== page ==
Film review: THE IRON LADY, from Built for Speed

The Iron Lady which is directed by Phyllida Lloyd and stars Meryl Streep recounts the life of Margaret Thatcher Britain’s Prime Minister from 1979 – 1990.

The idea of the Mamma Mia director Phylida Lloyd helming a film about Margaret Thatcher, one of the most significant and controversial political figures of the 20th century, was a dubious one. While some of the feared campy flourishes are present this is still a solid biopic of the conservative icon.

The film employs a flashback structure in which present day Thatcher recalls significant events from her life. We see her rise through the Conservative Party, her election as the first female leader of a western democracy, her battles with unions, the IRA and with Argentina over the Falkland Islands. Strangely, the film skims over her famed relationship with Ronald Reagan.

The present day scenes emphasize her sad decline into dementia and her stern refusal to accept the illness and her loss of independence. In an unusual, almost Dickensian Christmas Carol device Thatcher hallucinates that she is talking to late husband Denis (Jim Broadbent) and debating the choices she has made in her life. This device is overused and becomes irritating.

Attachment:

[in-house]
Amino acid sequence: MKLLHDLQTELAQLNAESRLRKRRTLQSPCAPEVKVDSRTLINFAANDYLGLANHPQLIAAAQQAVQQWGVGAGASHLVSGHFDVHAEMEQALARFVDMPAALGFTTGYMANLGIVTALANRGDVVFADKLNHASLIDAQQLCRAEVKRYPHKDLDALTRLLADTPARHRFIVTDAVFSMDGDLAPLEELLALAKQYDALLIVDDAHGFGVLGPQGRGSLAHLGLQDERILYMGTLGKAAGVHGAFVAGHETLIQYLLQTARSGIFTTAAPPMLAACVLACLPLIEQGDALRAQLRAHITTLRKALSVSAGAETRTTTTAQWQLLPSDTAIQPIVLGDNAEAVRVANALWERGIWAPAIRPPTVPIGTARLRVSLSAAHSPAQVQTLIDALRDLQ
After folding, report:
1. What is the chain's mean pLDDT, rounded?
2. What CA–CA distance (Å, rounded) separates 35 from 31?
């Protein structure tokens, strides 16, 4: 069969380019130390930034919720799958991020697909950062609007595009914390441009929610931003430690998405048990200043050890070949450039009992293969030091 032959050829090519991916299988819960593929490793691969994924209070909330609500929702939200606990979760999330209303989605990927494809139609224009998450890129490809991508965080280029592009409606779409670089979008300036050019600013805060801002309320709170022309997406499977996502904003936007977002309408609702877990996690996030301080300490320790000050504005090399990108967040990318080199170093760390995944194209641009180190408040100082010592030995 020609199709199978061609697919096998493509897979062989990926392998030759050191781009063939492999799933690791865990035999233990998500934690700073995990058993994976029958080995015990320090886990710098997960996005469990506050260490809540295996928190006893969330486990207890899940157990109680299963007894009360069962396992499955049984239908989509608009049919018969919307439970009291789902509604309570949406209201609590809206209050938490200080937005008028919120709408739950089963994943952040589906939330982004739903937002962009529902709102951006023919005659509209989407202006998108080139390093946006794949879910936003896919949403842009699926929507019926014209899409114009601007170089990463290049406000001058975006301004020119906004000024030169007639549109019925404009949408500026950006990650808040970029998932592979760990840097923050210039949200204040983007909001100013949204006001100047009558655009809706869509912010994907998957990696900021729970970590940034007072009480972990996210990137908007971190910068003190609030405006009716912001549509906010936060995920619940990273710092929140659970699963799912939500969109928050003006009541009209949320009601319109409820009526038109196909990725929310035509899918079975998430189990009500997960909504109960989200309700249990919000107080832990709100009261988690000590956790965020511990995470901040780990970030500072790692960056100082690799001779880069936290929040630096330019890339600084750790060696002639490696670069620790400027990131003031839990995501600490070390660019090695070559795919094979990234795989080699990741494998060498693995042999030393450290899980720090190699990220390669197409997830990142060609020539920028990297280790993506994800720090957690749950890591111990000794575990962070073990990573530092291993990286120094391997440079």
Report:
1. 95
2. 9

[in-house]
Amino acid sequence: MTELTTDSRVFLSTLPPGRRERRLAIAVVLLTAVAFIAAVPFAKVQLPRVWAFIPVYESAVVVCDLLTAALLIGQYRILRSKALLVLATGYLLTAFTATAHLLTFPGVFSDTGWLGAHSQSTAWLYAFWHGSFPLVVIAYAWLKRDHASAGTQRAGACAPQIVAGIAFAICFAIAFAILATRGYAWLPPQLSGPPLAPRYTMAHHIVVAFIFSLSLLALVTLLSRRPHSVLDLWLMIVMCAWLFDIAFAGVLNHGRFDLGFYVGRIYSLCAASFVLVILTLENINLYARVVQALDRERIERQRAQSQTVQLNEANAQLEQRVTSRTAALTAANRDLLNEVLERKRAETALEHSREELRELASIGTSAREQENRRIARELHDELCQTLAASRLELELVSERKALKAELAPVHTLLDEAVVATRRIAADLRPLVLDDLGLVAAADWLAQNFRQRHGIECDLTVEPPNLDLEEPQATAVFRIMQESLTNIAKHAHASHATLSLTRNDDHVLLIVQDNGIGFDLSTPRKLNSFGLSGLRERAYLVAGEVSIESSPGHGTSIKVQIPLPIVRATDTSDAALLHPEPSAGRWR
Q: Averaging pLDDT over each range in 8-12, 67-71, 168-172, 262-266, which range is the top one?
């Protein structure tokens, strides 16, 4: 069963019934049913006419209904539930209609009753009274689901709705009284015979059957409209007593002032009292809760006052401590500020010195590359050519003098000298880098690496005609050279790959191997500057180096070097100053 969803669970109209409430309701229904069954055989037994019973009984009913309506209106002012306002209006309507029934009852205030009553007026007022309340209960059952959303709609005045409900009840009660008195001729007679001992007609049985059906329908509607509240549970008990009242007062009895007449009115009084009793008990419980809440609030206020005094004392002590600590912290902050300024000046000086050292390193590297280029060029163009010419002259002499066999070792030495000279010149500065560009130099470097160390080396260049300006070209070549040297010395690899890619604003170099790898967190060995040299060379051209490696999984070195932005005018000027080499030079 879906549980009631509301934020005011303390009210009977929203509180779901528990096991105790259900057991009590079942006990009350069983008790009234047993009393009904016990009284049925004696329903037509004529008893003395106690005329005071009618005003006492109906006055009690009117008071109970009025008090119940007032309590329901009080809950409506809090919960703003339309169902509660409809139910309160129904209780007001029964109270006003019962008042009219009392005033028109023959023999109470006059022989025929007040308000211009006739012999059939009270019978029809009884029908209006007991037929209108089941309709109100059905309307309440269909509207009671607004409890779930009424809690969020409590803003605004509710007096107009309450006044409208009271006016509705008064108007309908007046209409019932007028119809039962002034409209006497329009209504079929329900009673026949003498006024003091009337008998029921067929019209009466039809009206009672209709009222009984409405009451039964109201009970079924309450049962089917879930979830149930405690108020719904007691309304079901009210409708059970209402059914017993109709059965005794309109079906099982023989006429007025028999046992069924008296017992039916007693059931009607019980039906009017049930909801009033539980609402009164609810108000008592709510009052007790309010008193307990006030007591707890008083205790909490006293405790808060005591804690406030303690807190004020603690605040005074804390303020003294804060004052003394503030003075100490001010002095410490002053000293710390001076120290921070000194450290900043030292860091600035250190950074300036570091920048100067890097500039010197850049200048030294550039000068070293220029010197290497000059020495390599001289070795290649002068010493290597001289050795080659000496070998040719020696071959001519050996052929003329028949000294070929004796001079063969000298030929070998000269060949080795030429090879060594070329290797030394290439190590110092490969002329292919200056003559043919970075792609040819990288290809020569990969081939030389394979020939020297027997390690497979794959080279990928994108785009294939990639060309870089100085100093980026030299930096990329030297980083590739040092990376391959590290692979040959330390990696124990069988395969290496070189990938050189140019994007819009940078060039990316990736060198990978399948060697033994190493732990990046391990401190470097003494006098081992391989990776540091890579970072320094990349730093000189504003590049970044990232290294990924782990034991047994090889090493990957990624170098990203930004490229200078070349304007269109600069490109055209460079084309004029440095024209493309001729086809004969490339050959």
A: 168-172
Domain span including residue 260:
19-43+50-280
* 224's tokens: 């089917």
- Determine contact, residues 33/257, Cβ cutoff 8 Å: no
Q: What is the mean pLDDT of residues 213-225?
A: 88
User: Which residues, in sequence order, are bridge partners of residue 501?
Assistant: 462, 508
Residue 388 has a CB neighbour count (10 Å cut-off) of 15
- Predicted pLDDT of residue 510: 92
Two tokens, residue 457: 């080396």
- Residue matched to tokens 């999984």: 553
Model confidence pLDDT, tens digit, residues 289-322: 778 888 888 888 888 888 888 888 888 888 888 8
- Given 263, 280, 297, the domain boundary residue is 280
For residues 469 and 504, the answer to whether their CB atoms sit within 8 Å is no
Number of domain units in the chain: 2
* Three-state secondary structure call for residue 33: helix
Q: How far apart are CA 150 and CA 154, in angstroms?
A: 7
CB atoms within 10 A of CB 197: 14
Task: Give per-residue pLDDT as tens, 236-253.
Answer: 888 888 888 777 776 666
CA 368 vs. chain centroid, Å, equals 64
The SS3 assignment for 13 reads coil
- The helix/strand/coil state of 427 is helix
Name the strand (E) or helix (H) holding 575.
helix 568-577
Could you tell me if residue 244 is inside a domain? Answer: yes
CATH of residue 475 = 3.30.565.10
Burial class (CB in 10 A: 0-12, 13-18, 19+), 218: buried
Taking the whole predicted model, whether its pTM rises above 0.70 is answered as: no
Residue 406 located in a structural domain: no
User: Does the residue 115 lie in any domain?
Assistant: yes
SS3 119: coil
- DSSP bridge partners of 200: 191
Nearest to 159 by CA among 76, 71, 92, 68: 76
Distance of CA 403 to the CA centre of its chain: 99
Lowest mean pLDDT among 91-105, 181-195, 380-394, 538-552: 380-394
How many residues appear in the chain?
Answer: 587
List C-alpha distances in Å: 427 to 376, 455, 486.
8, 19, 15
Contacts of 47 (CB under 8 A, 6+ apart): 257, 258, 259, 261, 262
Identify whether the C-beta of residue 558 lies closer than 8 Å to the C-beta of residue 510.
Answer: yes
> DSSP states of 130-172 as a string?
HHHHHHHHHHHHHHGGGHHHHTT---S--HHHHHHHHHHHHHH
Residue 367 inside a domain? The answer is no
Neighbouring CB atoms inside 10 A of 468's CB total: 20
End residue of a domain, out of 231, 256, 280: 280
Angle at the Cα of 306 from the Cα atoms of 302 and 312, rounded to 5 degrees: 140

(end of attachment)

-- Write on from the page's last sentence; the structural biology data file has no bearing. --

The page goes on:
Fortunately, a terrific central performance from Meryl Streep as Thatcher holds the film together. She’s a little florid and mannered at times and her puffy ageing make-up has her her looking like Martin Short character Jiminy Glick but she succeeds in powerfully conveying Thatcher’s fierce drive to succeed in and be unintimidated by the male-dominated political world.

Political films always generate controversy over the depiction of central character; detractors think the film is too kind while supporters say it doesn’t do that political figure enough credit.  This will no doubt be the case with The Iron Lady.  I thought the film was reasonably balanced, recognising Thatcher’s achievements while critiquing the negative aspects of her character particularly the way her belief in hard work and self-determination – traits cultivated by her war-time working class upbringing – seemed to mutat into a brutal lack of empathy for the have nots.

This is a patchy and flawed film but often compelling and definitely worth seeing for Streep’s Oscar-bait performance.

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